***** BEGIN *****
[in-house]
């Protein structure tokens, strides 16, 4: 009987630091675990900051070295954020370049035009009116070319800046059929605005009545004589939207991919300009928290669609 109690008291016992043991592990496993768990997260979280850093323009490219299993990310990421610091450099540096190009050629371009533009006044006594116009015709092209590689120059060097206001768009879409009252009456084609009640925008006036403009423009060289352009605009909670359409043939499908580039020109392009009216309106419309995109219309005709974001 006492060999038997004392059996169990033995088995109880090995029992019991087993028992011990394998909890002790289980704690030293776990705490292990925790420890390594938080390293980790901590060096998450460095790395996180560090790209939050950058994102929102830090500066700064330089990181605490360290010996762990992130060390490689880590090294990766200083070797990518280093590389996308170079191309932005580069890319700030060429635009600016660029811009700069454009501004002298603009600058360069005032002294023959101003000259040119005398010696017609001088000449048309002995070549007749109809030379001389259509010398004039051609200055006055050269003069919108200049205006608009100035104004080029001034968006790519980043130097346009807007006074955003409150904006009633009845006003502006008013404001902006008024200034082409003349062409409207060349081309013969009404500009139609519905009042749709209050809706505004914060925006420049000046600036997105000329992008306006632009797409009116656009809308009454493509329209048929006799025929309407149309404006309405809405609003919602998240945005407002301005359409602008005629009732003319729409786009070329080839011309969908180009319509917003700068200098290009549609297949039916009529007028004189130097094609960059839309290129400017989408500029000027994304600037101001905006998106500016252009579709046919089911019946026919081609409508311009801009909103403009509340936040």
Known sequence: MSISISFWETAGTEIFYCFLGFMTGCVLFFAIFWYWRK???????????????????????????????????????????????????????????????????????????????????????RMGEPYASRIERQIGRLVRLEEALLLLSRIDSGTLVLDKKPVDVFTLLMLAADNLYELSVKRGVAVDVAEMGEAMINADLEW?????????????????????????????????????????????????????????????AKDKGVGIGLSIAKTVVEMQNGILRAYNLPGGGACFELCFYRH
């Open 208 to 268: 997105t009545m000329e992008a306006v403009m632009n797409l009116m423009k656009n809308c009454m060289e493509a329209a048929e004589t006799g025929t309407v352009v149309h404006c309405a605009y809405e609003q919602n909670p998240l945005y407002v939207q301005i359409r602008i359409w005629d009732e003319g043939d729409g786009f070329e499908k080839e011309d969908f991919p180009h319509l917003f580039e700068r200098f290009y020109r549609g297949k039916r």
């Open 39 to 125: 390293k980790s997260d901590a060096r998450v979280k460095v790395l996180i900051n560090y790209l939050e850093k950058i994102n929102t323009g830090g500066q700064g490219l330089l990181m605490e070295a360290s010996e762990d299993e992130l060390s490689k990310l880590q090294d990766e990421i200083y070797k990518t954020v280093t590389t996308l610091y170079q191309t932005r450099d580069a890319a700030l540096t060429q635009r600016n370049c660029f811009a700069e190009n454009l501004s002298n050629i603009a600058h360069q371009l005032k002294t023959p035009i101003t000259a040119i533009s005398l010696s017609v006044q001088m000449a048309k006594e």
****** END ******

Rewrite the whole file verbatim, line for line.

[in-house]
């Protein structure tokens, strides 16, 4: 009987630091675990900051070295954020370049035009009116070319800046059929605005009545004589939207991919300009928290669609 109690008291016992043991592990496993768990997260979280850093323009490219299993990310990421610091450099540096190009050629371009533009006044006594116009015709092209590689120059060097206001768009879409009252009456084609009640925008006036403009423009060289352009605009909670359409043939499908580039020109392009009216309106419309995109219309005709974001 006492060999038997004392059996169990033995088995109880090995029992019991087993028992011990394998909890002790289980704690030293776990705490292990925790420890390594938080390293980790901590060096998450460095790395996180560090790209939050950058994102929102830090500066700064330089990181605490360290010996762990992130060390490689880590090294990766200083070797990518280093590389996308170079191309932005580069890319700030060429635009600016660029811009700069454009501004002298603009600058360069005032002294023959101003000259040119005398010696017609001088000449048309002995070549007749109809030379001389259509010398004039051609200055006055050269003069919108200049205006608009100035104004080029001034968006790519980043130097346009807007006074955003409150904006009633009845006003502006008013404001902006008024200034082409003349062409409207060349081309013969009404500009139609519905009042749709209050809706505004914060925006420049000046600036997105000329992008306006632009797409009116656009809308009454493509329209048929006799025929309407149309404006309405809405609003919602998240945005407002301005359409602008005629009732003319729409786009070329080839011309969908180009319509917003700068200098290009549609297949039916009529007028004189130097094609960059839309290129400017989408500029000027994304600037101001905006998106500016252009579709046919089911019946026919081609409508311009801009909103403009509340936040």
Known sequence: MSISISFWETAGTEIFYCFLGFMTGCVLFFAIFWYWRK???????????????????????????????????????????????????????????????????????????????????????RMGEPYASRIERQIGRLVRLEEALLLLSRIDSGTLVLDKKPVDVFTLLMLAADNLYELSVKRGVAVDVAEMGEAMINADLEW?????????????????????????????????????????????????????????????AKDKGVGIGLSIAKTVVEMQNGILRAYNLPGGGACFELCFYRH
């Open 208 to 268: 997105t009545m000329e992008a306006v403009m632009n797409l009116m423009k656009n809308c009454m060289e493509a329209a048929e004589t006799g025929t309407v352009v149309h404006c309405a605009y809405e609003q919602n909670p998240l945005y407002v939207q301005i359409r602008i359409w005629d009732e003319g043939d729409g786009f070329e499908k080839e011309d969908f991919p180009h319509l917003f580039e700068r200098f290009y020109r549609g297949k039916r």
């Open 39 to 125: 390293k980790s997260d901590a060096r998450v979280k460095v790395l996180i900051n560090y790209l939050e850093k950058i994102n929102t323009g830090g500066q700064g490219l330089l990181m605490e070295a360290s010996e762990d299993e992130l060390s490689k990310l880590q090294d990766e990421i200083y070797k990518t954020v280093t590389t996308l610091y170079q191309t932005r450099d580069a890319a700030l540096t060429q635009r600016n370049c660029f811009a700069e190009n454009l501004s002298n050629i603009a600058h360069q371009l005032k002294t023959p035009i101003t000259a040119i533009s005398l010696s017609v006044q001088m000449a048309k006594e």